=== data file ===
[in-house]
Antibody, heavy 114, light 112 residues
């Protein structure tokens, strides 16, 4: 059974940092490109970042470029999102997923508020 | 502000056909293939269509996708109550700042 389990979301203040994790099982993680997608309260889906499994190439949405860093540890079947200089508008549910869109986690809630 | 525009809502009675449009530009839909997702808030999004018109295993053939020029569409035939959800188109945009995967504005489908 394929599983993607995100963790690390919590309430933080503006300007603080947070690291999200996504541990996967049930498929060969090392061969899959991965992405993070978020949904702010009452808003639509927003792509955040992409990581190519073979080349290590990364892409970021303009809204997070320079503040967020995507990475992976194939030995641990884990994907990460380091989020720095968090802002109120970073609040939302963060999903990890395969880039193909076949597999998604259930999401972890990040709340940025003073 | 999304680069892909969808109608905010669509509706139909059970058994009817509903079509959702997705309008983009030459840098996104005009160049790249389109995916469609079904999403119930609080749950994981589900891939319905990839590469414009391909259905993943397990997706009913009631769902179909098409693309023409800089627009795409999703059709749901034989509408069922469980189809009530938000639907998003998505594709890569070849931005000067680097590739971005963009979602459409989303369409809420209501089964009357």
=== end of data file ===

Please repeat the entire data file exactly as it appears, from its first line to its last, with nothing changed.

[in-house]
Antibody, heavy 114, light 112 residues
């Protein structure tokens, strides 16, 4: 059974940092490109970042470029999102997923508020 | 502000056909293939269509996708109550700042 389990979301203040994790099982993680997608309260889906499994190439949405860093540890079947200089508008549910869109986690809630 | 525009809502009675449009530009839909997702808030999004018109295993053939020029569409035939959800188109945009995967504005489908 394929599983993607995100963790690390919590309430933080503006300007603080947070690291999200996504541990996967049930498929060969090392061969899959991965992405993070978020949904702010009452808003639509927003792509955040992409990581190519073979080349290590990364892409970021303009809204997070320079503040967020995507990475992976194939030995641990884990994907990460380091989020720095968090802002109120970073609040939302963060999903990890395969880039193909076949597999998604259930999401972890990040709340940025003073 | 999304680069892909969808109608905010669509509706139909059970058994009817509903079509959702997705309008983009030459840098996104005009160049790249389109995916469609079904999403119930609080749950994981589900891939319905990839590469414009391909259905993943397990997706009913009631769902179909098409693309023409800089627009795409999703059709749901034989509408069922469980189809009530938000639907998003998505594709890569070849931005000067680097590739971005963009979602459409989303369409809420209501089964009357």